How is your staff team in your church?  How is your adult leadership team?  

If you answer one of those questions with crappy, horrible, toxic, you need to read Sticky Teams: Keeping Your Leadership Team and Staff on the Same Page.

I was asked to read this book for my new church, and I was impressed the content in this book, and I think every staff team should read this.  There are practical guides for any church leader.

One of the most practical chapters is titled: 6 things every leadership team needs to know.  Here are the 6 things:

1. Ignore your weaknesses.

2. Surveys are a waste of time.

3. Seek permission, not buy-in.

4.Let squeaky wheels squeak.

5. Let dying programs die.

6. Plan in pencil.

One of the points that stood out to me is, “let dying programs die”.  I am always amazed at how many church programs are still running even if they are so dysfunctional.  Is it that youth workers have a fear of conflict?  Or do we love running old dying programs?  Osborne states the issue with dying programs, “Without a commitment and willingness to cease funding and staffing the programs that no longer work, we’ll never have enough money and energy to create the future.”  We need to kill dying programs, you need to kill dying programs or at least modify them.  Sometimes you can salvage a program, but from my experience it is better to start fresh instead of rebranding an old dying program.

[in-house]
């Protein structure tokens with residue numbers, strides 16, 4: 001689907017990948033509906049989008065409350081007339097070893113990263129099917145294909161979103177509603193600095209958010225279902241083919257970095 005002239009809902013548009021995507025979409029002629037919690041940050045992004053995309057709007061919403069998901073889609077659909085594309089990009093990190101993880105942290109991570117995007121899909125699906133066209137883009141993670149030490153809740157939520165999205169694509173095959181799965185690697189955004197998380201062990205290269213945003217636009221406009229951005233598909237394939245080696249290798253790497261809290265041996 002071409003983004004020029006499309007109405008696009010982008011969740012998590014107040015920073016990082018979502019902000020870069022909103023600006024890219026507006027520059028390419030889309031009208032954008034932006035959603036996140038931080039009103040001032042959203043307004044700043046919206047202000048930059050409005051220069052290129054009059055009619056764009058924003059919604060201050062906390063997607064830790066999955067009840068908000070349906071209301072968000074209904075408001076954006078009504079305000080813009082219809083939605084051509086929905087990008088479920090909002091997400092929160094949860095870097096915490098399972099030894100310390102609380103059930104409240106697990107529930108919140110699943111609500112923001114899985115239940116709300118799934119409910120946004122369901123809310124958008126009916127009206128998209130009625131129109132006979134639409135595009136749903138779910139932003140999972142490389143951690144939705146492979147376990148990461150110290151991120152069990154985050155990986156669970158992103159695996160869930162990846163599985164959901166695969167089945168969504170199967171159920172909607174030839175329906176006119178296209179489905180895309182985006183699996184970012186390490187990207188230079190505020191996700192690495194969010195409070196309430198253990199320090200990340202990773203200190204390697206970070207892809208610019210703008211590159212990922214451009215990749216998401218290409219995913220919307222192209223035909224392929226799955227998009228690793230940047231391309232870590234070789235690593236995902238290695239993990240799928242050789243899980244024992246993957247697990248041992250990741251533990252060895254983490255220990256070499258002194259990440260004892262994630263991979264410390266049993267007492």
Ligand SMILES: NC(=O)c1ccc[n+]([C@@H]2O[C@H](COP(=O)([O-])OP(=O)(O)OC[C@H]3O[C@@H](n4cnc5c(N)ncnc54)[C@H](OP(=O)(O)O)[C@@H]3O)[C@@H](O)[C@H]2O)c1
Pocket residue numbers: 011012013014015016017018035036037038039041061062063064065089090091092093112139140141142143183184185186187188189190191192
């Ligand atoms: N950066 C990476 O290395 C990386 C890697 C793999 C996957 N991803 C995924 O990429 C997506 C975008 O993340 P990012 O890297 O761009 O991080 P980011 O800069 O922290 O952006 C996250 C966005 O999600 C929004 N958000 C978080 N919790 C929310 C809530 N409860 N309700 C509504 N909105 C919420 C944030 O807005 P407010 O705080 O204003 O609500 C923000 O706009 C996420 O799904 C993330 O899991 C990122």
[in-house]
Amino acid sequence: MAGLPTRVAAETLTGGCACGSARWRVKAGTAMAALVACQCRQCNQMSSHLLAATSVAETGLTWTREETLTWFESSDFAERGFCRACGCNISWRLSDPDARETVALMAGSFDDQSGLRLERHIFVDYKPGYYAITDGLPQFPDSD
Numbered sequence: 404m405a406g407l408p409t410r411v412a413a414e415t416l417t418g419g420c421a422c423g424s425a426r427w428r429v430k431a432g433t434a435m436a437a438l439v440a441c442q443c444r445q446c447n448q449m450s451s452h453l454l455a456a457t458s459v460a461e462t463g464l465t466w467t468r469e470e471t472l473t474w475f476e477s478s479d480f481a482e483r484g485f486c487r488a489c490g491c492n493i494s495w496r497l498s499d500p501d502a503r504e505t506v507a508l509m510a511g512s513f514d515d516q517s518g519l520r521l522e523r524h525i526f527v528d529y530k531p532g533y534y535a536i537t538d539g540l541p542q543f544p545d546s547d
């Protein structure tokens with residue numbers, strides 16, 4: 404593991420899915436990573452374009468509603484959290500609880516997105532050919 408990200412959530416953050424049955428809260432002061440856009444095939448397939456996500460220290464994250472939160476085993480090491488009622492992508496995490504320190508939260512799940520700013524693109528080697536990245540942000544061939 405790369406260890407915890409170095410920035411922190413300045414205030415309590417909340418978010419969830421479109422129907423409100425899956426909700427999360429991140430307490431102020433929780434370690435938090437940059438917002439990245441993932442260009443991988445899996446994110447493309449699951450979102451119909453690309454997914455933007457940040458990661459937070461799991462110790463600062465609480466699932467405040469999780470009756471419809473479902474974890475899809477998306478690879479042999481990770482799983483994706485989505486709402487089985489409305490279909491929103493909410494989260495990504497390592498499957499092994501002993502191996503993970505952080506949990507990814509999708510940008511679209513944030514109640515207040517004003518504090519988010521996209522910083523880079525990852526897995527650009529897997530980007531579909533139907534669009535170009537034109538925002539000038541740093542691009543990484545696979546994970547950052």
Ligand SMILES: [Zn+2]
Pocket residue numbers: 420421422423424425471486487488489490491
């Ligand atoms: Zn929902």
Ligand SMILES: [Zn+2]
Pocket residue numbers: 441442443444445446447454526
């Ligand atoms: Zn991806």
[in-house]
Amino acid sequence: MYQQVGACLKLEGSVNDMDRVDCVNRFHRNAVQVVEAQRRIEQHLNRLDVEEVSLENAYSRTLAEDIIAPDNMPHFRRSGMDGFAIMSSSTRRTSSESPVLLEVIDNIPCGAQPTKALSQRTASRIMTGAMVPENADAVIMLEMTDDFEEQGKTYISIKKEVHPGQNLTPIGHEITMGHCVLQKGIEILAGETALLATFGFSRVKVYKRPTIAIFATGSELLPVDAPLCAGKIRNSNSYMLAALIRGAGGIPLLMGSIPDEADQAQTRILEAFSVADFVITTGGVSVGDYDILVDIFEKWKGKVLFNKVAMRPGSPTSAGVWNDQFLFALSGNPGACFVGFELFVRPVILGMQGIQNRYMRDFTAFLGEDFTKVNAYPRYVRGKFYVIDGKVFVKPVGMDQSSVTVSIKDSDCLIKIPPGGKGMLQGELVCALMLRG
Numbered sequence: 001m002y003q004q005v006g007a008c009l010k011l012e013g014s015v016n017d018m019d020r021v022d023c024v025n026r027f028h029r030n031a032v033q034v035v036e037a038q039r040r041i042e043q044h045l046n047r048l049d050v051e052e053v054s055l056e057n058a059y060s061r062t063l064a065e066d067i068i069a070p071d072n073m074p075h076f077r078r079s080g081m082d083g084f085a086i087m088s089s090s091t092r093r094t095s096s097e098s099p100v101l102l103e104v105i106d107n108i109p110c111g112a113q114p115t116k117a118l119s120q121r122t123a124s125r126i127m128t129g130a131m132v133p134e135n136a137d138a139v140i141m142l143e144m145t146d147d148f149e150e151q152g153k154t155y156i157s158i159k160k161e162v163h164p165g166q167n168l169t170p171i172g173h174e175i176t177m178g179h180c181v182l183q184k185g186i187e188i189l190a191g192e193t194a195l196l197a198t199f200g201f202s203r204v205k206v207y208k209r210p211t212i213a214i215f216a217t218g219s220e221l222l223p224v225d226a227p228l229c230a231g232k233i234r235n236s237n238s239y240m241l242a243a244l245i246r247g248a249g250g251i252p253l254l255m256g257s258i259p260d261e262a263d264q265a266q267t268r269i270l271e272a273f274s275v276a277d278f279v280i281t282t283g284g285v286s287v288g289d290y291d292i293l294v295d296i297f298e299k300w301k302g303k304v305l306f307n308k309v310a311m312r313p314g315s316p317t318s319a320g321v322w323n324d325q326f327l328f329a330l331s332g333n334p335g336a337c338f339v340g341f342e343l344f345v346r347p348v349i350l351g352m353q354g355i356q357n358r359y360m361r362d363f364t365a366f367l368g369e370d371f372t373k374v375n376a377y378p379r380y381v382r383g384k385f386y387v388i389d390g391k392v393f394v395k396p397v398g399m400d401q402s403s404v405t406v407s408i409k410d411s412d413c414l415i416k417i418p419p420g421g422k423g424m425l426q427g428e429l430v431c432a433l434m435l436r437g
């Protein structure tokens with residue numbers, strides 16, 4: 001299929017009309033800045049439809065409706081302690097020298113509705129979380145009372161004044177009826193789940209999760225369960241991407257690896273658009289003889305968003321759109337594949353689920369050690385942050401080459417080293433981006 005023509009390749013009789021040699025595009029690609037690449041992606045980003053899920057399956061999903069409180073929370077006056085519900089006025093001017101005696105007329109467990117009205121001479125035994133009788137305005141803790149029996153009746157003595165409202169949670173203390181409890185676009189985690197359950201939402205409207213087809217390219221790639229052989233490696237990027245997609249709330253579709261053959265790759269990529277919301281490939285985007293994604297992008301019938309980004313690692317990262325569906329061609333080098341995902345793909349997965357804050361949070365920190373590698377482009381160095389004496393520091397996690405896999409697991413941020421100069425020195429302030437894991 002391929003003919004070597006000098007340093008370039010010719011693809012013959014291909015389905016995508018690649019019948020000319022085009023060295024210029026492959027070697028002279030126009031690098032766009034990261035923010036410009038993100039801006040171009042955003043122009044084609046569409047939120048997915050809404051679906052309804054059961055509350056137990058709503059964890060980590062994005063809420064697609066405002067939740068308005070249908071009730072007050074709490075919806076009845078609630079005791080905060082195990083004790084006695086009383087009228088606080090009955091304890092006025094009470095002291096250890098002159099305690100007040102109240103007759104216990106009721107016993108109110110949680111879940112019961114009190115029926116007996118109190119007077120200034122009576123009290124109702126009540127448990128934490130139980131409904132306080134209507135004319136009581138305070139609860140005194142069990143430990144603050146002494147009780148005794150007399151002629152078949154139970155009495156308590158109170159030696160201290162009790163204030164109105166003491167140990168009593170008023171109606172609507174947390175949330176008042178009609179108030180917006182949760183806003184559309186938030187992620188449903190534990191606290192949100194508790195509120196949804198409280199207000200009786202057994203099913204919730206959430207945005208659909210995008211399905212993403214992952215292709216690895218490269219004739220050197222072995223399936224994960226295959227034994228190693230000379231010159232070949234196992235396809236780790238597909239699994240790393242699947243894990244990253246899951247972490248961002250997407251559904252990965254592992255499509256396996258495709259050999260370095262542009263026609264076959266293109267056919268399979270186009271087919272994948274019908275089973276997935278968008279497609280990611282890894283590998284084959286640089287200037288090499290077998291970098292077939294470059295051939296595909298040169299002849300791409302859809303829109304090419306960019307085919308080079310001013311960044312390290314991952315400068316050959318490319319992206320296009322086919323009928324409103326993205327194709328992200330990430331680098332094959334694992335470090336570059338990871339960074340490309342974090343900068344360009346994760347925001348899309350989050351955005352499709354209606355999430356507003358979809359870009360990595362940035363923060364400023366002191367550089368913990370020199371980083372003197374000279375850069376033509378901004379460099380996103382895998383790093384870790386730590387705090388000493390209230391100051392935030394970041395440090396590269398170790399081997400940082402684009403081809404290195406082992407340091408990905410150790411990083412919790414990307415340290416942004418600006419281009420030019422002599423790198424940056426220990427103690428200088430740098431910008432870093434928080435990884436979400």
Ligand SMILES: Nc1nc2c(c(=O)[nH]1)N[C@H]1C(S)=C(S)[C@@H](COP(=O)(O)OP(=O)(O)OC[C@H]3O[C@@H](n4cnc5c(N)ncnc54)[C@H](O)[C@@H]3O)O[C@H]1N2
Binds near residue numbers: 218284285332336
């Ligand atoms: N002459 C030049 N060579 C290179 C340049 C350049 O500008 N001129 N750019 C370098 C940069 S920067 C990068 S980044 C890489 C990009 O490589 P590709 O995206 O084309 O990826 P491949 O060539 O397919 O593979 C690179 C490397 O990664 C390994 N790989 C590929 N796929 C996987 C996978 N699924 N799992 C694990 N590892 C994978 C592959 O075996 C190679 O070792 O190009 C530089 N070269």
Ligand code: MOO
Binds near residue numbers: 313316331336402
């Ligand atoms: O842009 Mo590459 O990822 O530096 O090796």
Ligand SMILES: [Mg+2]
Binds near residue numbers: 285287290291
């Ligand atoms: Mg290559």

Another awesome point from this chapter is to let squeaky wheels squeak.  Larry Osbourne states, ” The natural response of most leaders and leadership teams is to oil these squeaky wheels.  We alter our plans or give these folks extra attention in hope of silencing their criticism.  Unfortunately, it seldom works.  Most squeaky wheels keep right on squeaking, for one simple reason: they don’t squeak for a lack of oil; they squeak because it’s their nature to squeak.”  Stop trying to please people, and start living on mission.  What are you called to do?  Once you know your calling, you will find it a bit easier to endure conflict.  The lie that we as leaders believe is that we can bring these people on board with our vison.  Sometimes that is true, but a lot of times these people will be unhappy anywhere they go.  Osbourne states this reality, “My mistake was assuming that it was possible to keep a squeaky wheel happy.  I failed to realize that some people will be unhappy no matter what.” 

This is a great book.  Make sure to check it out on amazon.  I would suggest to read it first and then read it with your adult leaders.  It would be great to have everyone on the same page!


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